• Posted on: 08/17/2017

    Is Walmart on an unstoppable run?

    Having worked with Walmart for many years, I am not surprised that they continue to grow their online and offline businesses. The company and its employees understand retailing and how to attract customers to purchase products from their stores incredibly well -- it is in the Walmart culture. Walmart has upgraded stores, changed its merchandise and invested early and heavily in its online presence through Walmart Labs. Its acquisitions of jet.com, Moosejaw, Bonobos and others show it has brought in new thinking and customer bases to expand its business.I expect these Walmart trends to continue. Retail is what Walmart does and they will continue to evolve and expand as the retail industry evolves.
  • Posted on: 08/14/2017

    Will Aldi upset the grocery home delivery cart?

    Home delivery will expand Aldi's market share. The cost of delivery will be similar across all grocery chains, and Aldi will still have its price advantage with the reduced price of its groceries. So people willing to pay the fee for home delivery will pay regardless of retailer.Aldi's move will put more pressure on traditional grocery stores. Much of Aldi's growth comes from high quality, yet low cost, groceries. Adding in a competitive fee for delivery will accelerate this trend.
  • Posted on: 08/09/2017

    What to do when shop local turns into look local and buy online?

    I don't think the negative methods described in the article will work. Consumers don't respond well to negative comments, and they are more likely never to go back to that store. There are more positive approaches to retaining the consumer and gaining the sale before the consumer buys online. One approach is to stock unique items that cannot be purchased online. The second is to provide the knowledge experience that the shopper will not get online. Many categories of items require fit, knowledge of materials, technology or other attributes that are difficult to deliver over the Internet and not in person. Third, the item is available instantly from the store as opposed to waiting for delivery in one or two days. And the store can provide an entertaining experience instead of being isolated with an online sale on a device. If the customer still decides to buy online, there is little the store can do. The customer will respect the effort put in by the retailer and will likely come back again, the next time more likely to buy in the store.High-service stores are likely to benefit more from this approach. They offer a better experience for the shopper. Through delivering such service, they are more likely to be retain the customer as a store-based shopper.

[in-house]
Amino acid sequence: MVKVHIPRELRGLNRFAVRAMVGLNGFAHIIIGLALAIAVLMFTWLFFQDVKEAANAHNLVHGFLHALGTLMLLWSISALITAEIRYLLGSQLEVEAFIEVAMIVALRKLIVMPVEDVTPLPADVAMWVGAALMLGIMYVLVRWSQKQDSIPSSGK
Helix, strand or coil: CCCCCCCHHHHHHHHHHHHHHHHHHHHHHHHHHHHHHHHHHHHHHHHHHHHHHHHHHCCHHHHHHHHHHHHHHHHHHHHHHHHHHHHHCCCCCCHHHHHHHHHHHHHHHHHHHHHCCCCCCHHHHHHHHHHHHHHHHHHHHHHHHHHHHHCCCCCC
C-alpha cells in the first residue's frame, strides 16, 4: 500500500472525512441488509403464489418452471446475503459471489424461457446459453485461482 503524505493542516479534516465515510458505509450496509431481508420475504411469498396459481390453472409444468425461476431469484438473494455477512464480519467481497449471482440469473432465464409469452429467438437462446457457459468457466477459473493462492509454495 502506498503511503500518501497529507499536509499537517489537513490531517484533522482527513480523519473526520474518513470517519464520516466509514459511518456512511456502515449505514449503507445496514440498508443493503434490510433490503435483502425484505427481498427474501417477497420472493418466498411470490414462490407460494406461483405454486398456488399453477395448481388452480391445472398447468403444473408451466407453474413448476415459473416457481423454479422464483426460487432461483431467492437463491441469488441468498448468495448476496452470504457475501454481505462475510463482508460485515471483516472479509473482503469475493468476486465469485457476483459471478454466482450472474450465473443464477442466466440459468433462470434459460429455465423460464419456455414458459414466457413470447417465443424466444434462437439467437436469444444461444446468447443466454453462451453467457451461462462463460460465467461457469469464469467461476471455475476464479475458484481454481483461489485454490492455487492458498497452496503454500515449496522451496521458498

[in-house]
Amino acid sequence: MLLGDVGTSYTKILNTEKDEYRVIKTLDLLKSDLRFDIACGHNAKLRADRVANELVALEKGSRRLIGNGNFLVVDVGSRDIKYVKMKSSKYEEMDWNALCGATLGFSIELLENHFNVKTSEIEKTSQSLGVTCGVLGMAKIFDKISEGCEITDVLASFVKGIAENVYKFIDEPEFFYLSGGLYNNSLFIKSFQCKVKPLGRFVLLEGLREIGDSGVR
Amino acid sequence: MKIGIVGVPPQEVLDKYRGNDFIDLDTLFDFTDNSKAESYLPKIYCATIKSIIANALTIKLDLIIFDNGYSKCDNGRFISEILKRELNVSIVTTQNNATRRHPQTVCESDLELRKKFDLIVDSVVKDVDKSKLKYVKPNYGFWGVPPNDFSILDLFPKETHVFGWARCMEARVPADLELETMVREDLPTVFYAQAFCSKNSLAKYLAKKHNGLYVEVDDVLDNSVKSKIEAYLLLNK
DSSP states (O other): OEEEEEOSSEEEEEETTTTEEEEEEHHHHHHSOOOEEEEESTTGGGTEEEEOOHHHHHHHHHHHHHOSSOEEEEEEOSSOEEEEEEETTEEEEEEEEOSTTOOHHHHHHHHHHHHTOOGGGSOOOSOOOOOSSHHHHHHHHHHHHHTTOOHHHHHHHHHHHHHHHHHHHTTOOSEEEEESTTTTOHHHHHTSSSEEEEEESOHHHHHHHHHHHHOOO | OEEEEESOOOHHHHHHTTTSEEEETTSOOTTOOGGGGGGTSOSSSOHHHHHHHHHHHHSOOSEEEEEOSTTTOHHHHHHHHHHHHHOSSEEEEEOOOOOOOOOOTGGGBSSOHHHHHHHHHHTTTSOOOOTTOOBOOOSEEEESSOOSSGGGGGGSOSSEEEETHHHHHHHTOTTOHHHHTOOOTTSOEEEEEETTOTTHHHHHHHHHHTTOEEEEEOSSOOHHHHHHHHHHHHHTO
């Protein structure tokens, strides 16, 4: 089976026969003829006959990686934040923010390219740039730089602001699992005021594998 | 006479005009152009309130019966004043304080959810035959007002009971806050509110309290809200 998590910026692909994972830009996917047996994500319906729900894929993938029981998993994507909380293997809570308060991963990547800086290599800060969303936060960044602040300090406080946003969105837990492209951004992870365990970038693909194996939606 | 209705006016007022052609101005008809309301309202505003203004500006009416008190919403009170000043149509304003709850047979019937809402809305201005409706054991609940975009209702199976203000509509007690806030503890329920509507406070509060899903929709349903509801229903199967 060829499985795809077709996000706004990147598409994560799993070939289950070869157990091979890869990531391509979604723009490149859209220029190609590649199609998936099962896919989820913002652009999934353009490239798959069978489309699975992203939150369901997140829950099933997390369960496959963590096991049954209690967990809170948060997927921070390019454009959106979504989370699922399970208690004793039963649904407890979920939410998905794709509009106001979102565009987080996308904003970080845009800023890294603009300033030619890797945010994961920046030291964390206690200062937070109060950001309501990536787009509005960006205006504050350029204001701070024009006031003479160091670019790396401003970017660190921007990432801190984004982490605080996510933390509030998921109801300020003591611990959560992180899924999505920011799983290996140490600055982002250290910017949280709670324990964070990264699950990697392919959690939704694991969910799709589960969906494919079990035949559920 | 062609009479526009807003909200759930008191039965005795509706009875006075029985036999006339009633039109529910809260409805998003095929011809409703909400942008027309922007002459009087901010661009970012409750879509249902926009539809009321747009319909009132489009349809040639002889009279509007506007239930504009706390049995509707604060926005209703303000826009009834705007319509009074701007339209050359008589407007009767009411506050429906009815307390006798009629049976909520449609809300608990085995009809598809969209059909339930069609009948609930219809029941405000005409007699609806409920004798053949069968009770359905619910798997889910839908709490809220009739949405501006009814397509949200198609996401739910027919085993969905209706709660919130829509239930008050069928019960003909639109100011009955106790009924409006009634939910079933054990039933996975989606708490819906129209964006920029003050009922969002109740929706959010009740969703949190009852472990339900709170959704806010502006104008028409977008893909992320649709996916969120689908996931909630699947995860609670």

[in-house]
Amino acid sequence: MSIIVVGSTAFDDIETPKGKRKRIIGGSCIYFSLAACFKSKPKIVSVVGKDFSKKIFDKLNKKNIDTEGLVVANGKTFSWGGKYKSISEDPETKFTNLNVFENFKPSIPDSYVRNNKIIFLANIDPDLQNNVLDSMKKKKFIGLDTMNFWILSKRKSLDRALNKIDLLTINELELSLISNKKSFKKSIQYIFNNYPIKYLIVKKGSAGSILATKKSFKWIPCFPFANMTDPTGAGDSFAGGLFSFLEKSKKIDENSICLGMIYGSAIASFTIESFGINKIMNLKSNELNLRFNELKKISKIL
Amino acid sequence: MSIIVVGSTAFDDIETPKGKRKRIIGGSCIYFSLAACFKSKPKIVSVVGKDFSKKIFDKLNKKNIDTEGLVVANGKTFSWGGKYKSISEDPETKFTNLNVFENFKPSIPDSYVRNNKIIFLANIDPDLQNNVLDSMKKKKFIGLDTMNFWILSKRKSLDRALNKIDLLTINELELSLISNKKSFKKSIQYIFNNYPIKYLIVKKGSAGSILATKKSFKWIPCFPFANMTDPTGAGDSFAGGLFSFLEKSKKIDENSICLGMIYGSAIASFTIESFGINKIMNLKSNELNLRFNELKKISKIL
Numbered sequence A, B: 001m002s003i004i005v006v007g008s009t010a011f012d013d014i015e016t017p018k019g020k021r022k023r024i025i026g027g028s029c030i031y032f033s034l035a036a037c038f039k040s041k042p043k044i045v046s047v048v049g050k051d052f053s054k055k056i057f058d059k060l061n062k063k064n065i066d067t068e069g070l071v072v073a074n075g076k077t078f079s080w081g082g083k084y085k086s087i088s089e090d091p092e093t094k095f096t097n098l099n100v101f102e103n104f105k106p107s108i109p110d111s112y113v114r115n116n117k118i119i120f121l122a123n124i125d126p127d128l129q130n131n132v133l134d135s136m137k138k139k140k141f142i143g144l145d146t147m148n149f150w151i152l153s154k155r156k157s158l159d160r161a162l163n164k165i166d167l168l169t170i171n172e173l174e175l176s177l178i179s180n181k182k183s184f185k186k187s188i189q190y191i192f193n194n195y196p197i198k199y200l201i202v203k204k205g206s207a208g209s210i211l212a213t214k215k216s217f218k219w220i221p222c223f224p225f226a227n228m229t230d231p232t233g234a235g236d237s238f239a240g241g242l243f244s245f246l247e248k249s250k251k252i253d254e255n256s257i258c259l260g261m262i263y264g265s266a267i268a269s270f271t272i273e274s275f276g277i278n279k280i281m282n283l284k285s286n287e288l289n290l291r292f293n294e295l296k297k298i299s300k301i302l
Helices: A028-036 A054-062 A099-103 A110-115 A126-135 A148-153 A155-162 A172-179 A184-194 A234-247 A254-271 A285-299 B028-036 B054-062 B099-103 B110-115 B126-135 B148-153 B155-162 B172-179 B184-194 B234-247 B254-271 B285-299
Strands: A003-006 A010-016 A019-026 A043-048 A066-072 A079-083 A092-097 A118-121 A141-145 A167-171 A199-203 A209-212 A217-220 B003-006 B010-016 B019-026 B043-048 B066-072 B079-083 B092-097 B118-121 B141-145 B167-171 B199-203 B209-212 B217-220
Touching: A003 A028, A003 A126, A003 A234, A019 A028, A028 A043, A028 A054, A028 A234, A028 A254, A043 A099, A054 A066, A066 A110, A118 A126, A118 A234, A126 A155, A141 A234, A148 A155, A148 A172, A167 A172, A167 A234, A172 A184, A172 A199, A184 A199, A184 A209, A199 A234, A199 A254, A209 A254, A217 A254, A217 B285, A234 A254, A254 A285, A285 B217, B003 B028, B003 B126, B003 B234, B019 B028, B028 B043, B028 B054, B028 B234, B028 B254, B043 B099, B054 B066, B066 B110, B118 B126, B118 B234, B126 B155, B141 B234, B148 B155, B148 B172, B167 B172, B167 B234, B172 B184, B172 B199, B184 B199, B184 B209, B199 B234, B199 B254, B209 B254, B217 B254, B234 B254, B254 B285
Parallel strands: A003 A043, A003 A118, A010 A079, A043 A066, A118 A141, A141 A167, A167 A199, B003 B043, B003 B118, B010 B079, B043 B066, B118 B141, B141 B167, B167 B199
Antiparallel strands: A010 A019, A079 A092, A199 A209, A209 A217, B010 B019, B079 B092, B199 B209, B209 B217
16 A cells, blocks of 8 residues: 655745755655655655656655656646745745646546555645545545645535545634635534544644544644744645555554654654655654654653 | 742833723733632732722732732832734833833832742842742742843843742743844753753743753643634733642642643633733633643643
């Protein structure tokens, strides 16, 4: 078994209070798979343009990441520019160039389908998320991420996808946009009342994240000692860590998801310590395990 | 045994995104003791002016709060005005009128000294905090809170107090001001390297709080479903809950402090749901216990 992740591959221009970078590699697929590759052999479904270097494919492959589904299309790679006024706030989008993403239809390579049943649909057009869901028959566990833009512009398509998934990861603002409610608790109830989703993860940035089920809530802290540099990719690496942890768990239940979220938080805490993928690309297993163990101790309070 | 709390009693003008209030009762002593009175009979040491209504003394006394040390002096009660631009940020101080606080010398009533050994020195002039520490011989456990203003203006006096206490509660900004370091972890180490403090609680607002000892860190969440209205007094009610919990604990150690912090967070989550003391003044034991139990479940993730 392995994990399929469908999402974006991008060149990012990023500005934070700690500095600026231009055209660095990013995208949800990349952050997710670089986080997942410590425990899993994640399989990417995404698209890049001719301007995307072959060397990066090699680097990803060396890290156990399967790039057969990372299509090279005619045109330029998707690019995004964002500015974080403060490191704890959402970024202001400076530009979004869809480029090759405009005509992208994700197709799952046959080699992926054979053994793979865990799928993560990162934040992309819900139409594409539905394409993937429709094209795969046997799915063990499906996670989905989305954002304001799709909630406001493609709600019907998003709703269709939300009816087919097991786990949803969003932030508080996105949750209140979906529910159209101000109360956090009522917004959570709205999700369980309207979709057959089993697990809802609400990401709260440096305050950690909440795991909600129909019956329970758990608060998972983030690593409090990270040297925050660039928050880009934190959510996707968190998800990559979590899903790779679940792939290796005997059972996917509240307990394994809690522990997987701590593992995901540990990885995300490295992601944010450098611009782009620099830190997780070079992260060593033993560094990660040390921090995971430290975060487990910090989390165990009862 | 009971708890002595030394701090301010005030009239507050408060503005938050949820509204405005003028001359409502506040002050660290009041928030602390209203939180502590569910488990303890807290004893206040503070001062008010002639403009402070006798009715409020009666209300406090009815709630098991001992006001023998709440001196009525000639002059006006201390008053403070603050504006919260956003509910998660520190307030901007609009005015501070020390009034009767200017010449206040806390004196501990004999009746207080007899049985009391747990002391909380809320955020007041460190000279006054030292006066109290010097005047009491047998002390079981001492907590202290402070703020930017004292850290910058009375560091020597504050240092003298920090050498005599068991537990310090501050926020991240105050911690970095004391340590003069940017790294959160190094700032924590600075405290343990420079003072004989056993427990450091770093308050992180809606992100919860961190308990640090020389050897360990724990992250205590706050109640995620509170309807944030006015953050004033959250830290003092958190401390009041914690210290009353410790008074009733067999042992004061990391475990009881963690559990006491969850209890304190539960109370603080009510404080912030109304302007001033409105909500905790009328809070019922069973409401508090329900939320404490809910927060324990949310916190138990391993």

• Posted on: 08/08/2017

    Why is big food turning to pop-up stores to tell brand stories?

    Grocery brands are evolving to new branding methods as apparel and other categories have done in the past. Pop-ups are a way to distinguish the brand in a new and novel way to attract the attention of the consumer outside of the grocery store. A pop-up changes the attention from another version of a category offering to a total focus on the brand.The goal of these efforts should be to understand and measure the power of the brand and what to do to enhance it. Also, versions of the product can be tested and evaluated as to consumer interest.
  • Posted on: 08/04/2017

    Will Amazon’s new return policy help or hurt its marketplace sellers?

    This return policy will hurt some of Amazon's sellers. A friend who sells products to Apple and Amazon has seen the difference. Apple has a no-hassle return policy. The Apple customers who return his product are given a full refund which his company must eat. Amazon does not have that policy right now and will re-sell his products as used. His product profit margin turns out to be higher at Amazon due to the policy difference. He has given up on Apple sales due to the lower margin. If Amazon goes to a no hassle return policy, it will lose a lot of its sellers for the same reason. Good for the consumer but not good for the seller.While Amazon should be applauded for its no-hassle return policy, it needs to work with its suppliers so the supplier does not eat all of the cost when returns happen.
  • Posted on: 07/31/2017

    Will Lowe’s UpSkill Project empower more consumers to tackle home improvement jobs?

    This is a great idea for Lowe's. It will send a message to Lowe's customers that the stores are interested in helping customers on projects where the customer does not have the requisite skills. One can imaging Lowe's commercials based on these video saying "Lowe's help me do this!" Helping customers with home projects is a way for home improvement retailers to distinguish themselves from Amazon and their competitors.